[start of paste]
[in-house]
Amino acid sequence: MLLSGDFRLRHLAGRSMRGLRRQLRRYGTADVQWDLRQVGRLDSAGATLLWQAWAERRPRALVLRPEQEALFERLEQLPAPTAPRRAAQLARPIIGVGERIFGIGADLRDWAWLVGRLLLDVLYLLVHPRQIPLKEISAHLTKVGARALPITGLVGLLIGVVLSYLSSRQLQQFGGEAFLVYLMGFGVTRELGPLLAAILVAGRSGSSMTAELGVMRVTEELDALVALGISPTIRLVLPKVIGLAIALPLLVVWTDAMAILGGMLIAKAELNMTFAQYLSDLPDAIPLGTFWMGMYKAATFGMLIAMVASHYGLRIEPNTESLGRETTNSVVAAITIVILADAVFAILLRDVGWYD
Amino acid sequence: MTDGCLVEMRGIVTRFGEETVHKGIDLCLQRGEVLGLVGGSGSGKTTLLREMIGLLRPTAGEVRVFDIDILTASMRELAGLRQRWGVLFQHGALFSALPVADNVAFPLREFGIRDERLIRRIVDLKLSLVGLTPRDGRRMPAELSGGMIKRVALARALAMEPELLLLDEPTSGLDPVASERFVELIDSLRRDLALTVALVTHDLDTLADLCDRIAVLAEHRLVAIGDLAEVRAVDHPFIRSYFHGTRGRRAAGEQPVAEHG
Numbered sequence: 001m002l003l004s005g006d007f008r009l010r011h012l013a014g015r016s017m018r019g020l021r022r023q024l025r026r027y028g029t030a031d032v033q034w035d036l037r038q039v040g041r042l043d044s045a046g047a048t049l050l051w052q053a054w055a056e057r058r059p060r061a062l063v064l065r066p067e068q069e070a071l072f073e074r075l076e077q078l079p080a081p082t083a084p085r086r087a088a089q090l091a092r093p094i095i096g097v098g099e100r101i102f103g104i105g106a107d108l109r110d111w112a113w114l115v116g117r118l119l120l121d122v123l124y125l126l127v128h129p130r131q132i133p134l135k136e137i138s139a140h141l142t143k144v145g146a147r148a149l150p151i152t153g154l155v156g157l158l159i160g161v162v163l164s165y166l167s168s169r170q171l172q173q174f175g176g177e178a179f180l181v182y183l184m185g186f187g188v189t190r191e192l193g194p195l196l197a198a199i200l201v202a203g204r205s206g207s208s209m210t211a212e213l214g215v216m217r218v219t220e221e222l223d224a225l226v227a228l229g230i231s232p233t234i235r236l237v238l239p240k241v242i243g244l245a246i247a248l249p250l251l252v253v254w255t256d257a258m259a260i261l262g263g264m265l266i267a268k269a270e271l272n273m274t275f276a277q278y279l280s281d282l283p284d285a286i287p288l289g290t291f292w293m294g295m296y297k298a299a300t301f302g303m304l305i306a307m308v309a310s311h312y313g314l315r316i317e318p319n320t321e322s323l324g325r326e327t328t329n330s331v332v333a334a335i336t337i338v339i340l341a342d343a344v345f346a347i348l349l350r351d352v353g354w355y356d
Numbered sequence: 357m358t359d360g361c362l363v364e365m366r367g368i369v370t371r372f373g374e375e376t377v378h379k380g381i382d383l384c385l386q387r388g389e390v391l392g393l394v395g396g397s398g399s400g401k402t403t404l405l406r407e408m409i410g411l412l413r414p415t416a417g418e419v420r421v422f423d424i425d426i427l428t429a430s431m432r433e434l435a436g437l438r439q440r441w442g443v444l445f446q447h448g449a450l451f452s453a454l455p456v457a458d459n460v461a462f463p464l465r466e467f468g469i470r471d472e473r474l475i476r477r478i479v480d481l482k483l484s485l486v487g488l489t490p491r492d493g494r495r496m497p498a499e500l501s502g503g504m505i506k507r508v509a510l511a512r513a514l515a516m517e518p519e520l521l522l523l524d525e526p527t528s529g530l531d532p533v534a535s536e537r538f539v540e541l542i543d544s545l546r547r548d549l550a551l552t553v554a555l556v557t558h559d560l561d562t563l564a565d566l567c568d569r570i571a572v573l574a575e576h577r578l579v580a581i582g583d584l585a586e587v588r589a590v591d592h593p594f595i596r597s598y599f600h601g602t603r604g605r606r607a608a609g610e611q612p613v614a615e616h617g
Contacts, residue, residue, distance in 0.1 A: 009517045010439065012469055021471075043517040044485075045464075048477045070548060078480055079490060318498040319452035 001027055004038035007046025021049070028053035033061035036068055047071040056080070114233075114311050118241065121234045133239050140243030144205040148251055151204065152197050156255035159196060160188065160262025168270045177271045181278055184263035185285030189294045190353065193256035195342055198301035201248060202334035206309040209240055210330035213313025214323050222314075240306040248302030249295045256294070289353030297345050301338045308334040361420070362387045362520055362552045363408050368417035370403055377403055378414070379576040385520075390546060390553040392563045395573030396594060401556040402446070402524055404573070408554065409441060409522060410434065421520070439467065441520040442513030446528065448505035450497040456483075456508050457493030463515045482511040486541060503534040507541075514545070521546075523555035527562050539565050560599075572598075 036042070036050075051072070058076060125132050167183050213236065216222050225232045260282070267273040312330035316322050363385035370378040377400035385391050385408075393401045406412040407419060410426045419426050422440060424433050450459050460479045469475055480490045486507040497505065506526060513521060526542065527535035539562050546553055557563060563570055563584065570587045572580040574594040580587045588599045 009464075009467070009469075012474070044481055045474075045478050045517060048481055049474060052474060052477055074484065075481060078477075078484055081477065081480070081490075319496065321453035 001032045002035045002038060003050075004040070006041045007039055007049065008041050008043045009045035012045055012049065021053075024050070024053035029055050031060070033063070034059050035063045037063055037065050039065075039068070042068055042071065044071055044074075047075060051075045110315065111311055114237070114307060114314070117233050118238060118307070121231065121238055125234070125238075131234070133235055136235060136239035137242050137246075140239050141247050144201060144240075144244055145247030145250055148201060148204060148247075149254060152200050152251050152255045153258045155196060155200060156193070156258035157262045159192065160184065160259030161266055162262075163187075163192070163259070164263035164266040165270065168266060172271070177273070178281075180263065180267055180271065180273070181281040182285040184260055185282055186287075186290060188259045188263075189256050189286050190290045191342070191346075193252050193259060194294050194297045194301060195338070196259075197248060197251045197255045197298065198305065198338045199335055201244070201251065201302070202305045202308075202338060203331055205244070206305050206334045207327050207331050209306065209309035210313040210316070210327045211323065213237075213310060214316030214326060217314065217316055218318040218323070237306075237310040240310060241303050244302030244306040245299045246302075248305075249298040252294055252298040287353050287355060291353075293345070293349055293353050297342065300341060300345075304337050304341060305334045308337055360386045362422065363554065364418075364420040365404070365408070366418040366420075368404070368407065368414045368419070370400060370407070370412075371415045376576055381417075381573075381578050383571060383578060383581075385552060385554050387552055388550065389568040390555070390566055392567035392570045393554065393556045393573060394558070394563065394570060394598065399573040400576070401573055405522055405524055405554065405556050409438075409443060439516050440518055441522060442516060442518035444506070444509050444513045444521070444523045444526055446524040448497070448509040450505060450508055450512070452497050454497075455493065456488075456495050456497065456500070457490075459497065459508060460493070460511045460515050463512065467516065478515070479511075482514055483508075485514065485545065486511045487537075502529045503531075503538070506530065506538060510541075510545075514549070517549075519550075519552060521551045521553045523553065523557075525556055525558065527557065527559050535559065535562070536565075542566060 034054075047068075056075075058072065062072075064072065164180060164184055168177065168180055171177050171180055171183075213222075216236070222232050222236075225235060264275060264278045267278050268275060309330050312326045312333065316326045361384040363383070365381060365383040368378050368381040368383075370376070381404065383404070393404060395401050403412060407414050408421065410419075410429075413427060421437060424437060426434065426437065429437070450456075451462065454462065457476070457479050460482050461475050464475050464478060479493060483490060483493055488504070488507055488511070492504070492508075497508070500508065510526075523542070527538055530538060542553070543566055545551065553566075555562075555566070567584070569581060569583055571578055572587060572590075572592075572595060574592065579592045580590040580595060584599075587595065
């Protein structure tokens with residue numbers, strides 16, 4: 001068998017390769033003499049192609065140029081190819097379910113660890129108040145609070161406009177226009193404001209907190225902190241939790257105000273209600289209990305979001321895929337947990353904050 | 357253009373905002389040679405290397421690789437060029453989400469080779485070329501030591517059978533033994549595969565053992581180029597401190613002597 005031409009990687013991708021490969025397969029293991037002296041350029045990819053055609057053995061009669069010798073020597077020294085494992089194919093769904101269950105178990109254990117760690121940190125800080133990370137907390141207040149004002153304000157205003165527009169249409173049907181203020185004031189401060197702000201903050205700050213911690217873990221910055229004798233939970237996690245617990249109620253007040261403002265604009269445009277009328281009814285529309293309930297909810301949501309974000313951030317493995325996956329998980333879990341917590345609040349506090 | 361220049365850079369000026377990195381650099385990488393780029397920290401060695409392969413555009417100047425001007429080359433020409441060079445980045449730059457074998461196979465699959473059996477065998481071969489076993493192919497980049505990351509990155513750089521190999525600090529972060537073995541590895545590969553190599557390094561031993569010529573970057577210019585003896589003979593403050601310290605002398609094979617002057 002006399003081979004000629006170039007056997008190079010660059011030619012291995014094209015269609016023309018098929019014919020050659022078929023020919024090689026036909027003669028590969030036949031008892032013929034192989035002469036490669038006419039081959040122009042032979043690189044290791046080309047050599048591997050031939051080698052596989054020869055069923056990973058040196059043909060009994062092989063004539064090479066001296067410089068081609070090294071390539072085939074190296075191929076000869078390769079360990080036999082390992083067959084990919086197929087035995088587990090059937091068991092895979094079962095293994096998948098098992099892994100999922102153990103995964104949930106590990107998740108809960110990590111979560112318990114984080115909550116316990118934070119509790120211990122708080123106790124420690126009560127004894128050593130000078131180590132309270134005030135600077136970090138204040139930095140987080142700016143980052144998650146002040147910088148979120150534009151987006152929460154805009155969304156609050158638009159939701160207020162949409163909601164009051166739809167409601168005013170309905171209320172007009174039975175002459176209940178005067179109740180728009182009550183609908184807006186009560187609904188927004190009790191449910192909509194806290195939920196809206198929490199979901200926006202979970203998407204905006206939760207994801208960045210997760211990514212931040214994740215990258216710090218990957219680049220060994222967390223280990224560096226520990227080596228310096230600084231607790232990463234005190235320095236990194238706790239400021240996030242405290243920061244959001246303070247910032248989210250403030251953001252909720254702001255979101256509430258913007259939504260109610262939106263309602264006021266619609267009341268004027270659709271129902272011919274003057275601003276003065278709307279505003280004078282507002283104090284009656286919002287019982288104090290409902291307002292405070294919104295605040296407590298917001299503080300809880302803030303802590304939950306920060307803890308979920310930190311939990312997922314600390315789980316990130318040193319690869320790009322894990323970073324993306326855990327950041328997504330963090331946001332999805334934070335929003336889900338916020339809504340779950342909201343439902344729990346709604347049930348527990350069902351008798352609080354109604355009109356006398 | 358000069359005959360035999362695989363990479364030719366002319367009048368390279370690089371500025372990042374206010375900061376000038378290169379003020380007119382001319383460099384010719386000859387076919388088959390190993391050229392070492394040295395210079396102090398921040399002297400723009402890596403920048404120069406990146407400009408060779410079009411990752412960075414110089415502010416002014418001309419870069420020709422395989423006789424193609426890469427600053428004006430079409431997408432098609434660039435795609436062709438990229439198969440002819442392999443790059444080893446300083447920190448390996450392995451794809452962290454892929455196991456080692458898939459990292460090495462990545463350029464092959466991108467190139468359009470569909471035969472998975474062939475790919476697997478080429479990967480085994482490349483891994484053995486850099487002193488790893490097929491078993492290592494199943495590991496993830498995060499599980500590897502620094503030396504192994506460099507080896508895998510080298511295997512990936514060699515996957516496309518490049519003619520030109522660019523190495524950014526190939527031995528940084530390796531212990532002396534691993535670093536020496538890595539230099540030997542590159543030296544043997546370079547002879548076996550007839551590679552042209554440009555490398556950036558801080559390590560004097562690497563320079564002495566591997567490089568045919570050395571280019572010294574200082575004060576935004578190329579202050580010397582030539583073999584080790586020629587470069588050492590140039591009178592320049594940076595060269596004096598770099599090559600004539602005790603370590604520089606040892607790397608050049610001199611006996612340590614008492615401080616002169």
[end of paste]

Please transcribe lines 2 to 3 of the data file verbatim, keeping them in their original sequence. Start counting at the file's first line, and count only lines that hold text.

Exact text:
Amino acid sequence: MLLSGDFRLRHLAGRSMRGLRRQLRRYGTADVQWDLRQVGRLDSAGATLLWQAWAERRPRALVLRPEQEALFERLEQLPAPTAPRRAAQLARPIIGVGERIFGIGADLRDWAWLVGRLLLDVLYLLVHPRQIPLKEISAHLTKVGARALPITGLVGLLIGVVLSYLSSRQLQQFGGEAFLVYLMGFGVTRELGPLLAAILVAGRSGSSMTAELGVMRVTEELDALVALGISPTIRLVLPKVIGLAIALPLLVVWTDAMAILGGMLIAKAELNMTFAQYLSDLPDAIPLGTFWMGMYKAATFGMLIAMVASHYGLRIEPNTESLGRETTNSVVAAITIVILADAVFAILLRDVGWYD
Amino acid sequence: MTDGCLVEMRGIVTRFGEETVHKGIDLCLQRGEVLGLVGGSGSGKTTLLREMIGLLRPTAGEVRVFDIDILTASMRELAGLRQRWGVLFQHGALFSALPVADNVAFPLREFGIRDERLIRRIVDLKLSLVGLTPRDGRRMPAELSGGMIKRVALARALAMEPELLLLDEPTSGLDPVASERFVELIDSLRRDLALTVALVTHDLDTLADLCDRIAVLAEHRLVAIGDLAEVRAVDHPFIRSYFHGTRGRRAAGEQPVAEHG